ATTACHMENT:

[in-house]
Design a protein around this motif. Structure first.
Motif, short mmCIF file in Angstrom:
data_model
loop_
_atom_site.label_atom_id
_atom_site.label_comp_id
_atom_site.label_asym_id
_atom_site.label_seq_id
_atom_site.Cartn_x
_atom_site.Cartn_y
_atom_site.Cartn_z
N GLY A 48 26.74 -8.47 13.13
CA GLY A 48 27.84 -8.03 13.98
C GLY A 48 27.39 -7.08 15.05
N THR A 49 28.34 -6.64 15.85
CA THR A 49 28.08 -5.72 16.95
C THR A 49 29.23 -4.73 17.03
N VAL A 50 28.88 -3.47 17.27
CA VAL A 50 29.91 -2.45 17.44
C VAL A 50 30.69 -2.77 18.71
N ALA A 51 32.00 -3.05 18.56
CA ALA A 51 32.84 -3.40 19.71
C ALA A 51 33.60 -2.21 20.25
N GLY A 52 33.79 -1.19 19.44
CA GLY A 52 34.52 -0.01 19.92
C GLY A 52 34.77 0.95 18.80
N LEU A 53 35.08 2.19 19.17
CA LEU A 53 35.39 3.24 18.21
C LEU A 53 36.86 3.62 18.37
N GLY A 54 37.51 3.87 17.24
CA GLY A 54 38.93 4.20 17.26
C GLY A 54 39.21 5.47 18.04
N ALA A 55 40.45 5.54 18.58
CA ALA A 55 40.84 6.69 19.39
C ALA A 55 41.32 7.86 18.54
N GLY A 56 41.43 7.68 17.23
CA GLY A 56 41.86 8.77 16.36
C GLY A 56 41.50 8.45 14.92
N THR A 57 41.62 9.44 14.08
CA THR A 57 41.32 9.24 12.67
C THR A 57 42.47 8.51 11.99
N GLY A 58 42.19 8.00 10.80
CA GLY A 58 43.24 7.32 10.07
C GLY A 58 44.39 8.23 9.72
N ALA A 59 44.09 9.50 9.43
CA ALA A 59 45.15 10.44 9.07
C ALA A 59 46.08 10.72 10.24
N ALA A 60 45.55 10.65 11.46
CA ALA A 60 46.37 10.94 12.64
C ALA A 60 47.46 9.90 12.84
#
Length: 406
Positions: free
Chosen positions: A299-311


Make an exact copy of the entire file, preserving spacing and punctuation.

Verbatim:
[in-house]
Design a protein around this motif. Structure first.
Motif, short mmCIF file in Angstrom:
data_model
loop_
_atom_site.label_atom_id
_atom_site.label_comp_id
_atom_site.label_asym_id
_atom_site.label_seq_id
_atom_site.Cartn_x
_atom_site.Cartn_y
_atom_site.Cartn_z
N GLY A 48 26.74 -8.47 13.13
CA GLY A 48 27.84 -8.03 13.98
C GLY A 48 27.39 -7.08 15.05
N THR A 49 28.34 -6.64 15.85
CA THR A 49 28.08 -5.72 16.95
C THR A 49 29.23 -4.73 17.03
N VAL A 50 28.88 -3.47 17.27
CA VAL A 50 29.91 -2.45 17.44
C VAL A 50 30.69 -2.77 18.71
N ALA A 51 32.00 -3.05 18.56
CA ALA A 51 32.84 -3.40 19.71
C ALA A 51 33.60 -2.21 20.25
N GLY A 52 33.79 -1.19 19.44
CA GLY A 52 34.52 -0.01 19.92
C GLY A 52 34.77 0.95 18.80
N LEU A 53 35.08 2.19 19.17
CA LEU A 53 35.39 3.24 18.21
C LEU A 53 36.86 3.62 18.37
N GLY A 54 37.51 3.87 17.24
CA GLY A 54 38.93 4.20 17.26
C GLY A 54 39.21 5.47 18.04
N ALA A 55 40.45 5.54 18.58
CA ALA A 55 40.84 6.69 19.39
C ALA A 55 41.32 7.86 18.54
N GLY A 56 41.43 7.68 17.23
CA GLY A 56 41.86 8.77 16.36
C GLY A 56 41.50 8.45 14.92
N THR A 57 41.62 9.44 14.08
CA THR A 57 41.32 9.24 12.67
C THR A 57 42.47 8.51 11.99
N GLY A 58 42.19 8.00 10.80
CA GLY A 58 43.24 7.32 10.07
C GLY A 58 44.39 8.23 9.72
N ALA A 59 44.09 9.50 9.43
CA ALA A 59 45.15 10.44 9.07
C ALA A 59 46.08 10.72 10.24
N ALA A 60 45.55 10.65 11.46
CA ALA A 60 46.37 10.94 12.64
C ALA A 60 47.46 9.90 12.84
#
Length: 406
Positions: free
Chosen positions: A299-311